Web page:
Drag reduction by superhydrophobic surfaces has become a research focus in recent years. However, in some cases, the use of superhydrophobic surfaces has led to increased drag. Whether superhydrophobic surfaces on macroscopic objects reduce drag needs further research. The surface adhesion force is a metric to judge the drag reduction effect of superhydrophobic surfaces. The lattice Boltzmann method (LBM) is an efficient numerical method with the advantages of simple algorithm formulation, natural parallelism, and simple boundary treatment. Based on the LBM, we propose a new boundary condition with switchable adhesive force to specify the adhesion-regulated superhydrophobic surfaces. The proposed method is validated by the numerical simulation of the Couette flow with superhydrophobic coatings. Numerical results show good agreements with the theoretical analysis and the experimental results. Then the method is adopted for the simulation of the flow around a square cylinder with superhydrophobic coatings. The influence of the Reynolds number and the surface adhesive force on drag reduction is deeply studied.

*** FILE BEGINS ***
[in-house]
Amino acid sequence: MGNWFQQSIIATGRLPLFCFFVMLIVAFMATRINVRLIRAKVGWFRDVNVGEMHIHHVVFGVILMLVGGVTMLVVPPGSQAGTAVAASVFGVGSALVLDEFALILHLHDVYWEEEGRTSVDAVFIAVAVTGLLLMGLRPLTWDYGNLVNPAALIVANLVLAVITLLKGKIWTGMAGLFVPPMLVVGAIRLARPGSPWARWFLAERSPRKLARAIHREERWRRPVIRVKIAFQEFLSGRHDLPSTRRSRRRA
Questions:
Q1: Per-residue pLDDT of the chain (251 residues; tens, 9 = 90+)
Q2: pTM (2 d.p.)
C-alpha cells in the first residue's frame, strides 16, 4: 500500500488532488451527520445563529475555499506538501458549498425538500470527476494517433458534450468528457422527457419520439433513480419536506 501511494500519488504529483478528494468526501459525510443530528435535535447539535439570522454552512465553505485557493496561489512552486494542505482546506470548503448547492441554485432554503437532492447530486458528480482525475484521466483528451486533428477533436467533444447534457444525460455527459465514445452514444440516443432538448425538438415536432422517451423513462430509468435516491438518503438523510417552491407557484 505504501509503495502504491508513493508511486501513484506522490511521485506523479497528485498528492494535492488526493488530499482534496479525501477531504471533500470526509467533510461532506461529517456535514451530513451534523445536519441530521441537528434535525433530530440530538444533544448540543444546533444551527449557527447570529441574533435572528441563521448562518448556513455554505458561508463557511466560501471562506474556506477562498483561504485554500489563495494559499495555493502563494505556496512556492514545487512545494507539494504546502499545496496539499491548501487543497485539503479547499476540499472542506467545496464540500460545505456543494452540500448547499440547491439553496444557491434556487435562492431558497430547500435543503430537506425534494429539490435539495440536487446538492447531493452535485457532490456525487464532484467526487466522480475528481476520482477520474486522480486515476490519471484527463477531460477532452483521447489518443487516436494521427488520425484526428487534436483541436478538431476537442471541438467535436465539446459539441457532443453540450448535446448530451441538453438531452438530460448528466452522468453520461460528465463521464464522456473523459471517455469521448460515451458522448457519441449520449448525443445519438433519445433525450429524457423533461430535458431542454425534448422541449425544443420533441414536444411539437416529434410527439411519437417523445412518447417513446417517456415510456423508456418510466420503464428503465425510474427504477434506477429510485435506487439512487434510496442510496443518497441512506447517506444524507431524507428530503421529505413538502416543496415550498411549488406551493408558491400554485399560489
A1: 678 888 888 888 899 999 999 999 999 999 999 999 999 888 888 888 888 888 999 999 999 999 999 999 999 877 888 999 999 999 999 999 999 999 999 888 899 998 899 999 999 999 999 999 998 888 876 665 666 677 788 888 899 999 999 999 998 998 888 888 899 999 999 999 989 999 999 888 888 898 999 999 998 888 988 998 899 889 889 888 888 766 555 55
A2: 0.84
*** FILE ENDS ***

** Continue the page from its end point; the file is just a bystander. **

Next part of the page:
Drag reduction is an important topic in marine engineering. Inspired by nature, more and more attentions are paid to the drag reduction effect of superhydrophobic surfaces (Samaha et al., 2012). Researchers (Voronov et al., 2008) found that the drag reduction effect is owing to the presence of velocity slip on the superhydrophobic surfaces. The phenomenon of velocity slip has been confirmed by both experiments and simulations (Rothstein, 2010). However, some researches show that the use of superhydrophobic surfaces is not always beneficial to the drag reduction and even leads to increased drag. Min et al. (2004) used a slip boundary condition to represent the hydrophobic surfaces and found that the drag is increased when the slip boundary condition is applied in the spanwise direction. Steinberger et al. (2007) found that the superhydrophobic surfaces will turn from slippery to sticky and promote high friction if the liquid-gas menisci is not controlled reasonably and effectively. Su et al. (2009) declared that a superhydrophobic ball may fall more slowly under water than the normal one because the micro-bubbles may enhance the friction drag. Cheng et al. (2015) fabricated three types of superhydrophobic surfaces and one of them caused a drag-increasing effect of 13.6% because of the transition from the Cassie state to the Wenzel state. Debates continue on whether superhydrophobic surfaces on macroscopic objects can reduce drag.